Pitfalls in Philosophical Thinking

Pitfalls in Philosophical Thinking

What with all the new gurujis/mAtas springing up like mushrooms everywhere! Every black magician is now a spiritual leader, as he/she entices people with tricks and tactics like producing-bhoodhi-by-magic, engaging in bear hugs and what not. Of course all these gurujis or mAtas claim themselves to be avatars of God Himself/Herself. That is one common punch line. God indeed! Well they are out there to make a quick buck. What’s more? The bigger players are transducers of black money to white.

All these are recent developments and could not have survived fifty years ago, when people had a better understanding of what India is and what her teachings are. No way that these frauds could have engaged in this revelry.

Anyway, that was not the original intent of this write up. What I did want to impress upon was the fact that these frauds never make anti-social statements. If they do, they will be chucked out by their own followers. No, they are not dumb to lose their clientele that easily. They will make statements like, “Love your fellow being”, “Never kill, never lie”, ad infinitum. (As though they found all these truths themselves!). Most people are satisfied by such statements and they cannot/do not think deeper anyway. So these frauds capitalize on their indolence.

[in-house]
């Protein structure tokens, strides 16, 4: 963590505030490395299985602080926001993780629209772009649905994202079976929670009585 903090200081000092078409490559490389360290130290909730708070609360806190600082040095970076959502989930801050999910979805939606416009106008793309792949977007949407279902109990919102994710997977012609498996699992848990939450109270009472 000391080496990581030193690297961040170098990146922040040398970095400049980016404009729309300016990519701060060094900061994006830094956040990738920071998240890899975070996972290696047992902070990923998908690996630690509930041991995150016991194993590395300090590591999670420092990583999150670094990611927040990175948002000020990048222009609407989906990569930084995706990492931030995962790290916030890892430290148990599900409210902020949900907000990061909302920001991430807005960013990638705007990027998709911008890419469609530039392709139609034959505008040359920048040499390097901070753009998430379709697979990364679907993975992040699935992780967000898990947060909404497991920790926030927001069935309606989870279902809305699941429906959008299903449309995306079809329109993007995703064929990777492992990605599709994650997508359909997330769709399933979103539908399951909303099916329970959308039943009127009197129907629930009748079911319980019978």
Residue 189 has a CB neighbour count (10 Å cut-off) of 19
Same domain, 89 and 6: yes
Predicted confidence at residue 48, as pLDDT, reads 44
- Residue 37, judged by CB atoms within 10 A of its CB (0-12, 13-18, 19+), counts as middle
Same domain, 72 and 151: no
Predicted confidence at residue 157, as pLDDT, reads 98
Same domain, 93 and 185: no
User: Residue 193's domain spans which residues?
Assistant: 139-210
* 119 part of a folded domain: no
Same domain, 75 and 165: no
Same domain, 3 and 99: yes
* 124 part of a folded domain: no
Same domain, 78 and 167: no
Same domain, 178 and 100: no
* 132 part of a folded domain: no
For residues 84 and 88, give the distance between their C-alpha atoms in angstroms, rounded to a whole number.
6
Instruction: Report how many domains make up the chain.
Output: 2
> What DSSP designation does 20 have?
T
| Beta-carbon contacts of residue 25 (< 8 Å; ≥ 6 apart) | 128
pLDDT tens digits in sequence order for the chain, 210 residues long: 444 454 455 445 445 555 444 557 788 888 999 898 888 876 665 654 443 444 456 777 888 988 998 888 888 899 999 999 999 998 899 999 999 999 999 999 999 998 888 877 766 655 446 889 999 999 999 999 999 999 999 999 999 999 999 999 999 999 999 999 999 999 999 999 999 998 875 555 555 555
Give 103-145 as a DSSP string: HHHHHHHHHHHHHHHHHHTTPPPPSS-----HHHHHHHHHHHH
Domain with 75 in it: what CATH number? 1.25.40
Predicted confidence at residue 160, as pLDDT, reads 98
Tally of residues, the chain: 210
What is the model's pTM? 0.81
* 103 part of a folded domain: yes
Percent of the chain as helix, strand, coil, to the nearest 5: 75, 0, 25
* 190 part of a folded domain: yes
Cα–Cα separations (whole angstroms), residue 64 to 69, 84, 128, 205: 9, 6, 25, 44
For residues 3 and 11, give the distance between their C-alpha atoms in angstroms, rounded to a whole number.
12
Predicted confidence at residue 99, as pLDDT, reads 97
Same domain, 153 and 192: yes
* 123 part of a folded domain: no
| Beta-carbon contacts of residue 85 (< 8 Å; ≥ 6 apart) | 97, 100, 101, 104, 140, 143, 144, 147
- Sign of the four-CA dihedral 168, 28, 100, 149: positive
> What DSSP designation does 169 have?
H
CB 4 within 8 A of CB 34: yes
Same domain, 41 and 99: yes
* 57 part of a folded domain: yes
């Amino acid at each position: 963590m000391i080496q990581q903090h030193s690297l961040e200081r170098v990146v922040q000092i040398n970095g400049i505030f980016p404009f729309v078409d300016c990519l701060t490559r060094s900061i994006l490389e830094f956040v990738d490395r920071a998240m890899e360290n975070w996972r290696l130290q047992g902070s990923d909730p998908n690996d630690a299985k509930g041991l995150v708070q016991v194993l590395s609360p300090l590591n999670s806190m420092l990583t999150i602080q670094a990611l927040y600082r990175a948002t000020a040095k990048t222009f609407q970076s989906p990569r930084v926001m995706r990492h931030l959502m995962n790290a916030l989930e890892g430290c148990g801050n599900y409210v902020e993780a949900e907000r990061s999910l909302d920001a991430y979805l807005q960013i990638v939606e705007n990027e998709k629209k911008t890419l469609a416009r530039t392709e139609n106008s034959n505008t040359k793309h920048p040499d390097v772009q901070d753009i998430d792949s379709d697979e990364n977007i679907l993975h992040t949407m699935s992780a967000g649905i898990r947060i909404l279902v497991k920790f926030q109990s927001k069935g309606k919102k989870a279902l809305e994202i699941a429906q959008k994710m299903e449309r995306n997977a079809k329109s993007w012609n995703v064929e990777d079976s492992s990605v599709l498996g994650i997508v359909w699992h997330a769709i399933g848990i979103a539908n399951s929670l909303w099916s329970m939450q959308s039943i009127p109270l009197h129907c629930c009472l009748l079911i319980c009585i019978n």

The trouble arises when these half-baked philosophers start making irresponsible statements that apparently look very correct and nice to hear but are, in essence, illogical. In the remainder of this write up, we shall have a look at some of them and decide their verity.

Statement 1All philosophies are “fundamentally” right.

Let us analyze this statement. What is meant by “fundamentally right”? When we say fundamental, we do not refer to rules of a stable society, such as: “Always speak the truth”, “Never steal” and so on. These are the statements that almost all (successful) philosophies will endorse. If they fail to do this, they are unlikely to have large subscriptions. This is because, if these statements are not endorsed, society runs into chaos and anarchy, which is not acceptable to most people. We shall use the term “practices” to refer to such rules of society. After all, one may not stop stealing because someone asks him to stop, but at least because he/she does not want his/her things stolen by another.

Since most philosophies do not have problems in accepting “practices” as mentioned above, they must differ in certain things, which are really “fundamental”. Fundamental as in the answers to questions like: Is there a God? If yes, who is He? What is my relation with God? What is my final destination? …and so on.

Philosophy A differs from philosophy B in answers to such “fundamental” questions, although in all probability, they will endorse the common “practices” of society. For a question like: “Is there a God?” there can but be one kind of answer between a Yes and a No. One cannot say that both answers mean the same thing.

Now, let us consider the case of two philosophies, which give opposing answers to at least one fundamental question. For example, to the question of the final destination (moksha) of man, Tattvavada says: Final destination (the amount of bliss experienced) varies with each soul. Advaitha shastra says: Final destination for each soul is becoming God itself.